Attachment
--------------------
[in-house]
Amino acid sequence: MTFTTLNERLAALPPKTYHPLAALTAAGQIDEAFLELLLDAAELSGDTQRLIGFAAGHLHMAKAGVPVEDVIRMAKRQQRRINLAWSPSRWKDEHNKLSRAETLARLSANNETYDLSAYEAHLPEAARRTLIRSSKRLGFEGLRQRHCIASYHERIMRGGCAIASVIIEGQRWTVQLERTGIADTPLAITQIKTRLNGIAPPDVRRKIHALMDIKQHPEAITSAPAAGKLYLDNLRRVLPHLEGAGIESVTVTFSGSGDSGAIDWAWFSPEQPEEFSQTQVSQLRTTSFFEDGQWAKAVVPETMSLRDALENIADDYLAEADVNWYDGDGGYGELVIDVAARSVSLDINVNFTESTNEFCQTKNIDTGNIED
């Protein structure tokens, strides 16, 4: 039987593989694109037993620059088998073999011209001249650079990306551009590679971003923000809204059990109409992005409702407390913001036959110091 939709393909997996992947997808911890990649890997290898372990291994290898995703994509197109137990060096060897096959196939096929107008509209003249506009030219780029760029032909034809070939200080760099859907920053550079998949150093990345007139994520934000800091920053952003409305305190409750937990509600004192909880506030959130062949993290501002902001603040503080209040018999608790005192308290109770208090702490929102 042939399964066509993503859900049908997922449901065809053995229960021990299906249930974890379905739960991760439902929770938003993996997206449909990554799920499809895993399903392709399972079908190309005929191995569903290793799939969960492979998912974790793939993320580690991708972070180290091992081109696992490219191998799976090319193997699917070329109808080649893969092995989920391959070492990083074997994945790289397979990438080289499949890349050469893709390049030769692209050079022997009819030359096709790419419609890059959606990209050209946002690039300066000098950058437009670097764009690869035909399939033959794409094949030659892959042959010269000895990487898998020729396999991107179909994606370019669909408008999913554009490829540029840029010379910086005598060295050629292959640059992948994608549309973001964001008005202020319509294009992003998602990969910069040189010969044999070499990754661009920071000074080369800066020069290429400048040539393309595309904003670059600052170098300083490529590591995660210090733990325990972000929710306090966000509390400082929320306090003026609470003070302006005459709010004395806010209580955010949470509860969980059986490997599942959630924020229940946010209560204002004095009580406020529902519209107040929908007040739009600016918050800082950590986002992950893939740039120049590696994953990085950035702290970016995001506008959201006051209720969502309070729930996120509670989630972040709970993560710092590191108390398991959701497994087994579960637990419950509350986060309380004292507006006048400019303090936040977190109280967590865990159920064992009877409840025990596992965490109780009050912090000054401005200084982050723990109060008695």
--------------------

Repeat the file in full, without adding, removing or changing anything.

[in-house]
Amino acid sequence: MTFTTLNERLAALPPKTYHPLAALTAAGQIDEAFLELLLDAAELSGDTQRLIGFAAGHLHMAKAGVPVEDVIRMAKRQQRRINLAWSPSRWKDEHNKLSRAETLARLSANNETYDLSAYEAHLPEAARRTLIRSSKRLGFEGLRQRHCIASYHERIMRGGCAIASVIIEGQRWTVQLERTGIADTPLAITQIKTRLNGIAPPDVRRKIHALMDIKQHPEAITSAPAAGKLYLDNLRRVLPHLEGAGIESVTVTFSGSGDSGAIDWAWFSPEQPEEFSQTQVSQLRTTSFFEDGQWAKAVVPETMSLRDALENIADDYLAEADVNWYDGDGGYGELVIDVAARSVSLDINVNFTESTNEFCQTKNIDTGNIED
């Protein structure tokens, strides 16, 4: 039987593989694109037993620059088998073999011209001249650079990306551009590679971003923000809204059990109409992005409702407390913001036959110091 939709393909997996992947997808911890990649890997290898372990291994290898995703994509197109137990060096060897096959196939096929107008509209003249506009030219780029760029032909034809070939200080760099859907920053550079998949150093990345007139994520934000800091920053952003409305305190409750937990509600004192909880506030959130062949993290501002902001603040503080209040018999608790005192308290109770208090702490929102 042939399964066509993503859900049908997922449901065809053995229960021990299906249930974890379905739960991760439902929770938003993996997206449909990554799920499809895993399903392709399972079908190309005929191995569903290793799939969960492979998912974790793939993320580690991708972070180290091992081109696992490219191998799976090319193997699917070329109808080649893969092995989920391959070492990083074997994945790289397979990438080289499949890349050469893709390049030769692209050079022997009819030359096709790419419609890059959606990209050209946002690039300066000098950058437009670097764009690869035909399939033959794409094949030659892959042959010269000895990487898998020729396999991107179909994606370019669909408008999913554009490829540029840029010379910086005598060295050629292959640059992948994608549309973001964001008005202020319509294009992003998602990969910069040189010969044999070499990754661009920071000074080369800066020069290429400048040539393309595309904003670059600052170098300083490529590591995660210090733990325990972000929710306090966000509390400082929320306090003026609470003070302006005459709010004395806010209580955010949470509860969980059986490997599942959630924020229940946010209560204002004095009580406020529902519209107040929908007040739009600016918050800082950590986002992950893939740039120049590696994953990085950035702290970016995001506008959201006051209720969502309070729930996120509670989630972040709970993560710092590191108390398991959701497994087994579960637990419950509350986060309380004292507006006048400019303090936040977190109280967590865990159920064992009877409840025990596992965490109780009050912090000054401005200084982050723990109060008695």